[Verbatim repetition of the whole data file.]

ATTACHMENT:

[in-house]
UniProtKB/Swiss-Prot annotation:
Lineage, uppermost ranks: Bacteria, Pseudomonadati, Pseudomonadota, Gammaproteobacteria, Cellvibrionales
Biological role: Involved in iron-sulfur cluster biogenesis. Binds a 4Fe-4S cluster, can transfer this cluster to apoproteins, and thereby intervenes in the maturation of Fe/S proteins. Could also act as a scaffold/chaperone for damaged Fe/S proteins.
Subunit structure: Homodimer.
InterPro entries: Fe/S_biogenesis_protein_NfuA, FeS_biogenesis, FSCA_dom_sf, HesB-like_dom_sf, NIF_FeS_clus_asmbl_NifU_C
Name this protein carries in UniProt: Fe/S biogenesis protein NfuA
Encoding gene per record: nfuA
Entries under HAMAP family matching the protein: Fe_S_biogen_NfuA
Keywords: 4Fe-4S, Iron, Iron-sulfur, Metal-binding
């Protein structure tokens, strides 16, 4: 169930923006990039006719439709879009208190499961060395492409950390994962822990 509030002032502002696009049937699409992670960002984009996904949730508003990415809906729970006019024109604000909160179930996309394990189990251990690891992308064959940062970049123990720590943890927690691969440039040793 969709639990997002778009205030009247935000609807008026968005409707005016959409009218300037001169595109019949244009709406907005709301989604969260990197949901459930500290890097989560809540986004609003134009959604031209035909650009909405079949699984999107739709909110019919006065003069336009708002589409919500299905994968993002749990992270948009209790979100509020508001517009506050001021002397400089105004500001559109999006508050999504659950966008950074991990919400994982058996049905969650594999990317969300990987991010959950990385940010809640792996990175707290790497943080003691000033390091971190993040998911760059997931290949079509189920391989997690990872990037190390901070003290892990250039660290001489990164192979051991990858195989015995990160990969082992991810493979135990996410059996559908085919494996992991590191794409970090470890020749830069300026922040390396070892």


[in-house]
UniProtKB/Swiss-Prot annotation:
Lineage, uppermost ranks: Bacteria, Pseudomonadati, Pseudomonadota, Gammaproteobacteria, Cellvibrionales
Biological role: Involved in iron-sulfur cluster biogenesis. Binds a 4Fe-4S cluster, can transfer this cluster to apoproteins, and thereby intervenes in the maturation of Fe/S proteins. Could also act as a scaffold/chaperone for damaged Fe/S proteins.
Subunit structure: Homodimer.
InterPro entries: Fe/S_biogenesis_protein_NfuA, FeS_biogenesis, FSCA_dom_sf, HesB-like_dom_sf, NIF_FeS_clus_asmbl_NifU_C
Name this protein carries in UniProt: Fe/S biogenesis protein NfuA
Encoding gene per record: nfuA
Entries under HAMAP family matching the protein: Fe_S_biogen_NfuA
Keywords: 4Fe-4S, Iron, Iron-sulfur, Metal-binding
């Protein structure tokens, strides 16, 4: 169930923006990039006719439709879009208190499961060395492409950390994962822990 509030002032502002696009049937699409992670960002984009996904949730508003990415809906729970006019024109604000909160179930996309394990189990251990690891992308064959940062970049123990720590943890927690691969440039040793 969709639990997002778009205030009247935000609807008026968005409707005016959409009218300037001169595109019949244009709406907005709301989604969260990197949901459930500290890097989560809540986004609003134009959604031209035909650009909405079949699984999107739709909110019919006065003069336009708002589409919500299905994968993002749990992270948009209790979100509020508001517009506050001021002397400089105004500001559109999006508050999504659950966008950074991990919400994982058996049905969650594999990317969300990987991010959950990385940010809640792996990175707290790497943080003691000033390091971190993040998911760059997931290949079509189920391989997690990872990037190390901070003290892990250039660290001489990164192979051991990858195989015995990160990969082992991810493979135990996410059996559908085919494996992991590191794409970090470890020749830069300026922040390396070892």